Published on: August 9, 2022

RANGANATHITTU BIRD SANCTUARY

RANGANATHITTU BIRD SANCTUARY

Pulgaon Why in news?

murkily The renowned Ranganathittu Bird Sanctuary in Srirangapatna has been declared a Ramsar site underlining its status as a wetland of international importance.

This is also the first and the only Ramsar site in Karnataka though India’s tally of such sites stands at 64.

Importance of Ramsar site labelling

  • as a Ramsar site Ranganathittu would command international attention and importance as a wetland of global importance.
  • Ramsar wetlands now comprise around 10% of the total wetland area in the country.
  • Being designated one, however, doesn’t necessarily invite extra international funds but that States —and the Centre — must ensure that these tracts of land are conserved and spared from man-made encroachment. Acquiring this label also helps with a locale’s tourism potential and its international visibility.

About Ramsar convention:

  • India is a signatory to the Convention on Wetlands which was adopted in the Iranian city of Ramsar in 1971 and provides a framework for conservation of wetlands.
  • The convention lists as many as nine criteria and fulfilling even one of them is sufficient for a wetland to be recognised as a Ramsar site.
  • According to the Ramsar convention, ‘’A wetland should be considered internationally important if it supports populations of plant and/or animal species important for maintaining the biological diversity of a particular biogeographic region’’.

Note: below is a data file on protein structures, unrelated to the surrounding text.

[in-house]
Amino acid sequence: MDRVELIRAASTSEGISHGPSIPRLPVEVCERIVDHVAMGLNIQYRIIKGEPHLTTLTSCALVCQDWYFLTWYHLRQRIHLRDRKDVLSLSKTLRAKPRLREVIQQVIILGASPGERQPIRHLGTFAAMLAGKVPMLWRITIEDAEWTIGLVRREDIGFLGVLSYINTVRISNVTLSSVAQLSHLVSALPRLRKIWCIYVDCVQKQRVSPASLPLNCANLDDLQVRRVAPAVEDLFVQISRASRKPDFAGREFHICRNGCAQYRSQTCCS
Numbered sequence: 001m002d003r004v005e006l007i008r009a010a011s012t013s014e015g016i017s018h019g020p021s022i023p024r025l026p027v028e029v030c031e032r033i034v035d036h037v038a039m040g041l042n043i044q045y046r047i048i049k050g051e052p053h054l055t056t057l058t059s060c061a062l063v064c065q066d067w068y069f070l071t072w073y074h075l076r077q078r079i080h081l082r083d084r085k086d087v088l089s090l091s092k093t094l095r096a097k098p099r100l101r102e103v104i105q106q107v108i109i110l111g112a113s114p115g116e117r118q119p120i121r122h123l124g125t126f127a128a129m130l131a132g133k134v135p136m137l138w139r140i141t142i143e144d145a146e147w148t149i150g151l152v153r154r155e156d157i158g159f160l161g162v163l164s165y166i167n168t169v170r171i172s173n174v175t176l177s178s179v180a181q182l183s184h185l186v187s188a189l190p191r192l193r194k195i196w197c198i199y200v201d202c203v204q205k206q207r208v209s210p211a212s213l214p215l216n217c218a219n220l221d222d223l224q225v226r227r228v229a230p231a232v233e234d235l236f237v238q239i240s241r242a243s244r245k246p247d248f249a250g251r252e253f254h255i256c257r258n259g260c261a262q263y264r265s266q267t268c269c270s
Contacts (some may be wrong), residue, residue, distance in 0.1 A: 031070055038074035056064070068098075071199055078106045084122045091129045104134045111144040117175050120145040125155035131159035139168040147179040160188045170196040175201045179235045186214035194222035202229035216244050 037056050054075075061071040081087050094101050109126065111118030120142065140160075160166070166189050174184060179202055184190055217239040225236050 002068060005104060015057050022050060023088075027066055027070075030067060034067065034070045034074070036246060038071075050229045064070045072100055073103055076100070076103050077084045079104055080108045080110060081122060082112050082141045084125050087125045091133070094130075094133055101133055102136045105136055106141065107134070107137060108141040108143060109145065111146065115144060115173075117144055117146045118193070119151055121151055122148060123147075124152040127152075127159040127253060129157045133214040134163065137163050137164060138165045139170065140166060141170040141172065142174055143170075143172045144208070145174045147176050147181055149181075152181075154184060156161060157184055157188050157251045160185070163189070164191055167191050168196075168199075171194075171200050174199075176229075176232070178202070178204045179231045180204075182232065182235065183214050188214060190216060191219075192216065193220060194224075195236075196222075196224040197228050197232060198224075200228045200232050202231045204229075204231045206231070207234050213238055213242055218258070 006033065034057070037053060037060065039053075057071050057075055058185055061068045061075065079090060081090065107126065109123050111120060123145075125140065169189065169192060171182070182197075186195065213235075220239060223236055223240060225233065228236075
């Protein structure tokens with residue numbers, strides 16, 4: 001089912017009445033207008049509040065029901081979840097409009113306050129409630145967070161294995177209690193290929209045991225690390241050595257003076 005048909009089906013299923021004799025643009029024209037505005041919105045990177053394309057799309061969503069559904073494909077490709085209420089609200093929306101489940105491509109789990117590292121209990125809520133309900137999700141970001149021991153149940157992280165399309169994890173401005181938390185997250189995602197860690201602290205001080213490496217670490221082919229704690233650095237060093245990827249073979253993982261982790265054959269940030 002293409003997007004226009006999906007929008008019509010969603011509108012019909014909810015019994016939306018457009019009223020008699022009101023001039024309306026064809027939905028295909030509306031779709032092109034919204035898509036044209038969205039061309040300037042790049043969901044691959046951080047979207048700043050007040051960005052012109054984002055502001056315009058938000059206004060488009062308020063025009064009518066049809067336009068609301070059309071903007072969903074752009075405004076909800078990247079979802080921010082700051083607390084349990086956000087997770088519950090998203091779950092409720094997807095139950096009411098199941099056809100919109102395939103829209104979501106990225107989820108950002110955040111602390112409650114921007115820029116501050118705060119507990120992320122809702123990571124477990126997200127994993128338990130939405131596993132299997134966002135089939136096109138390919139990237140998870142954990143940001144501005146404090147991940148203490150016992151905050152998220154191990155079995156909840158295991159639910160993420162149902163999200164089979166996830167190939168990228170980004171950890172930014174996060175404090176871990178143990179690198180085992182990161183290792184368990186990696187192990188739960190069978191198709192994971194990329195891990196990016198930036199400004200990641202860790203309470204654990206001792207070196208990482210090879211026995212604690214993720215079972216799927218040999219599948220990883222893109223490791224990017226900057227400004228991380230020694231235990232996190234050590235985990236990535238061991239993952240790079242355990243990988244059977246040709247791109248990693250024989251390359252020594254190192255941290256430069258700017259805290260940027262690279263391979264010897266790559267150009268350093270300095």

• Similarly, it has spelt out criteria based on bird population of specific species, fish, and other taxa.
  • One of the Ramsar criteria is that a wetland should support 20,000 or more waterfowl while another is that it should regularly support 1% of the population of one species or sub-species of water bird.
  • Ranganathittu meets three to four of the nine criteria pertaining to local flora, fauna, and ecology and hence it is a well-deserved recognition.

About Ranganathittu bird sanctuary:

  • The bird sanctuary supports more than 1% of the world’s population of spot-billed pelicans — as against a global population of nearly 17,000, Ranganathittu supports about 1,000 of these birds. During the last enumeration exercise as many as 220 bird species were listed.
  • Similarly, it supports a high population of painted storks and mugger crocodiles besides other species of fish and hence the six islands and the water surrounding them would be part of Ramsar site.

India’s wetlands:

  • The National Wetland Inventory and Assessment compiled by the Indian Space Research Organisation (ISRO), estimates India’s wetlands to span around 1,52,600 square kilometres, which is 4.63% of the total geographical area of the country.
  • A little over two-fifths are inland natural wetlands and about a quarter are coastal wetlands.
  • India has 19 types of wetlands. Gujarat has the maximum area followed by Andhra Pradesh, Uttar Pradesh and West Bengal.
  • Wetlands in Uttar Pradesh and Gujarat serve as important spaces for migratory birds.

Importance of wetlands:

  • Wetlands are also known to have among the highest soil-carbon densities and therefore play a major role in buffering carbon dioxide emissions.

The 10 new sites

  • six in Tamil Nadu and one each in Goa, Karnataka, Madhya Pradesh and Odisha — encompass an area of 1,51,842.41 hectares, bringing India’s total wetland area to 1.2 million hectares.
  • The sites are Koothankulam Bird Sanctuary, Gulf of Mannar Marine Biosphere Reserve, Vembannur Wetland Complex, Vellode Bird Sanctuary, Vedanthangal Bird Sanctuary and Udhayamarthandapuram Bird Sanctuary, all in Tamil Nadu, Satkosia Gorge in Odisha, Nanda Lake in Goa, Ranganathittu Bird Sanctuary in Karnataka, and Sirpur Wetland in Madhya Pradesh.